Robinson Crusoe has a message for us

Published October 12, 2013 by rochellewisoff

I had to share this from a magnificent writer, Valerie Davies, in New Zealand. I urge everyone to read and enjoy.

Shalom,

Rochelle 

valeriedavies

My grandmother collected beautiful china and old books. My memories of the china was that it actually wasn’t beautiful… At eight I found her collection of Staffordshire figurines rather clumsy, and her Meissen angels and other pieces a bit gutless and wishy-washy. (I think I still do – but give me Chinese blue and white, Japanese Imari, old Chelsea, and I’d feel differently.)

Her old books were heavily bound in leather, and were often large quarto volumes. I skimmed Foxe’s Martyrs, was appalled by the despair in the picture of the Slough of Despond in Pilgrim’s Progress, but was very taken with Robinson Crusoe. All these books were illustrated with engravings, protected by a flimsy piece of what seemed like tissue paper.

 I hadn’t learned to take liberties with books back then, so I solemnly plodded through Defoe’s dense prose, until I came to the picture of Crusoe seeing…

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10 comments on “Robinson Crusoe has a message for us

    • Dear LY,

      If you scroll through Valerie’s comments, you’ll find mine. I find it amazing that Selkirk’s “rescue” signaled his health decline. Much like the SAD (Standard American Diet). Thanks for reading.

      Shalom,

      Rochelle

      Like

  • Rochelle, what a surprise to find you’ve re-blogged this – what a huge compliment , thank you so much for all the kind and enthusiastic things you say, and for the re-blogging of this story… so generous….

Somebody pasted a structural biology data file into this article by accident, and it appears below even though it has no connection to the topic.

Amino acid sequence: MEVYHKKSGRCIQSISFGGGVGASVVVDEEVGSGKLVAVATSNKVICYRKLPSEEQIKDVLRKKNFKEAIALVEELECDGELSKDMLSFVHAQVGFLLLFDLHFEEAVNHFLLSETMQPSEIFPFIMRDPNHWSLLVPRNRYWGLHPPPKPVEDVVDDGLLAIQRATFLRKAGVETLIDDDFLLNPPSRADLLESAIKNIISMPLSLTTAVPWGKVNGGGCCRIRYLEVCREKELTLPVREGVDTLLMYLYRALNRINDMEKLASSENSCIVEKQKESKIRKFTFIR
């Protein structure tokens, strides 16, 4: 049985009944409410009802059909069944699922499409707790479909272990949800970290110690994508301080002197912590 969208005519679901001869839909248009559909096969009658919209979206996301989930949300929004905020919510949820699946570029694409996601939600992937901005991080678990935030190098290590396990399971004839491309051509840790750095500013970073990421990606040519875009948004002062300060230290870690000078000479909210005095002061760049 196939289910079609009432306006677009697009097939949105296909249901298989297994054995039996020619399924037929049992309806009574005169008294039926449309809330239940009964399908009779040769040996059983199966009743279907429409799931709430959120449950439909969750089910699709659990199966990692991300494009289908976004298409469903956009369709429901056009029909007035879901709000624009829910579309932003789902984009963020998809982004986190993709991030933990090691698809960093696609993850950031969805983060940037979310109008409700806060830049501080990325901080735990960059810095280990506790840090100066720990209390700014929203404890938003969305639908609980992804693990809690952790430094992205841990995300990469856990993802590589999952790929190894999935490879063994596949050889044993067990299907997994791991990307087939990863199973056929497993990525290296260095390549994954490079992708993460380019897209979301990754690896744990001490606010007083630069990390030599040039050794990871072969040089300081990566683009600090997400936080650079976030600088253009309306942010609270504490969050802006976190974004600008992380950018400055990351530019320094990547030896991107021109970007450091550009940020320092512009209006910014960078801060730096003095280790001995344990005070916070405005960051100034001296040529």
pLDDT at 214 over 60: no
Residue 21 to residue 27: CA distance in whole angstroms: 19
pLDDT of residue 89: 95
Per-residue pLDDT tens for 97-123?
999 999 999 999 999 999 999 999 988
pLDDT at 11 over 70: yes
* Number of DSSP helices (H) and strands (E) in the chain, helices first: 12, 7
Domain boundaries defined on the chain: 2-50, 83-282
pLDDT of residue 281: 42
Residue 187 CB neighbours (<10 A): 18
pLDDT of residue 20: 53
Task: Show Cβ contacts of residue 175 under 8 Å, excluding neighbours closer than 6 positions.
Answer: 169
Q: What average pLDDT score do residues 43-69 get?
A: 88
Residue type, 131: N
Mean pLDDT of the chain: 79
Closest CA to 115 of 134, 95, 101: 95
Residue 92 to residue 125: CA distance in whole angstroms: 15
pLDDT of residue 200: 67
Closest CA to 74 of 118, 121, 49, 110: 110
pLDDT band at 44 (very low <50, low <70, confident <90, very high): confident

Love the comments you’ve made on my blog – fascinating story…and wonderful that you’ve regained such glowing health.
    When I first saw the Acronym SAD here, I thought you were referring to Seasonal Affective Disorder – SAD because it’s winter and people get depressed with no sun
    I sometimes feel I have it in a northern winter !!!

    Like

    • Dear Valerie,

      It’s my pleasure to reblog your wonderful writing. Alexander Selkirk’s story is compelling, if not validating, for those of us (most everyone in the modern world) who have suffered the ill effects of what has come to be known, erroneously, as food. Genetic modification, pollution and brain eating aspartame that turns to formaldehyde in our bloodstreams all contribute, in my opinion, to the glaring rise in food allergies, cancer and Alzheimer’s disease.

      Enough of my soapbox. In any case, thank you for writing the way you do. I look forward to learning from you.

      shalom,

      Rochelle

      Like

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